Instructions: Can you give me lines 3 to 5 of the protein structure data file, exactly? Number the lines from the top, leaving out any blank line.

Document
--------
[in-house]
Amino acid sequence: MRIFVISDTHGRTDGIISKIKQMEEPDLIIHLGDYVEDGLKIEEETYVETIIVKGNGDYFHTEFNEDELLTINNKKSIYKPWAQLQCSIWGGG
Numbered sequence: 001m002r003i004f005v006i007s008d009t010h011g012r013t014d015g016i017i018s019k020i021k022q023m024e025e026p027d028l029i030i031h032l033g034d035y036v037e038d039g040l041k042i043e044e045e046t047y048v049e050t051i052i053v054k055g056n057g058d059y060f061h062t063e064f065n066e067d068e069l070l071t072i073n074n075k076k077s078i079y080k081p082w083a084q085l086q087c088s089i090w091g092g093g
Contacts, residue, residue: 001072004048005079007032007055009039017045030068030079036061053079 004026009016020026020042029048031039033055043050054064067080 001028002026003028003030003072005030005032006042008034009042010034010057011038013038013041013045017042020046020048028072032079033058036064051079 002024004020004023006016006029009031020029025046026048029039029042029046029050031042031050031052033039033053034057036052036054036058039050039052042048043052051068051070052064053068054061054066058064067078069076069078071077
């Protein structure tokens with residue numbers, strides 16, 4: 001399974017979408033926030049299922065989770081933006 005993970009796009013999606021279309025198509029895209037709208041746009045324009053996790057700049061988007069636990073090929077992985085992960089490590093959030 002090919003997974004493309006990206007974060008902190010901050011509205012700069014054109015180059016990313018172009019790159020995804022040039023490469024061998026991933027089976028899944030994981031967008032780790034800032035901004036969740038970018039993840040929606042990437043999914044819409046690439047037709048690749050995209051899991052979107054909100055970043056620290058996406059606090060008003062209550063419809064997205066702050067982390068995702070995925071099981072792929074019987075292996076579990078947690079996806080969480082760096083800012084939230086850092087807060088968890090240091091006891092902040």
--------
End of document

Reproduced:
Numbered sequence: 001m002r003i004f005v006i007s008d009t010h011g012r013t014d015g016i017i018s019k020i021k022q023m024e025e026p027d028l029i030i031h032l033g034d035y036v037e038d039g040l041k042i043e044e045e046t047y048v049e050t051i052i053v054k055g056n057g058d059y060f061h062t063e064f065n066e067d068e069l070l071t072i073n074n075k076k077s078i079y080k081p082w083a084q085l086q087c088s089i090w091g092g093g
Contacts, residue, residue: 001072004048005079007032007055009039017045030068030079036061053079 004026009016020026020042029048031039033055043050054064067080 001028002026003028003030003072005030005032006042008034009042010034010057011038013038013041013045017042020046020048028072032079033058036064051079 002024004020004023006016006029009031020029025046026048029039029042029046029050031042031050031052033039033053034057036052036054036058039050039052042048043052051068051070052064053068054061054066058064067078069076069078071077
């Protein structure tokens with residue numbers, strides 16, 4: 001399974017979408033926030049299922065989770081933006 005993970009796009013999606021279309025198509029895209037709208041746009045324009053996790057700049061988007069636990073090929077992985085992960089490590093959030 002090919003997974004493309006990206007974060008902190010901050011509205012700069014054109015180059016990313018172009019790159020995804022040039023490469024061998026991933027089976028899944030994981031967008032780790034800032035901004036969740038970018039993840040929606042990437043999914044819409046690439047037709048690749050995209051899991052979107054909100055970043056620290058996406059606090060008003062209550063419809064997205066702050067982390068995702070995925071099981072792929074019987075292996076579990078947690079996806080969480082760096083800012084939230086850092087807060088968890090240091091006891092902040």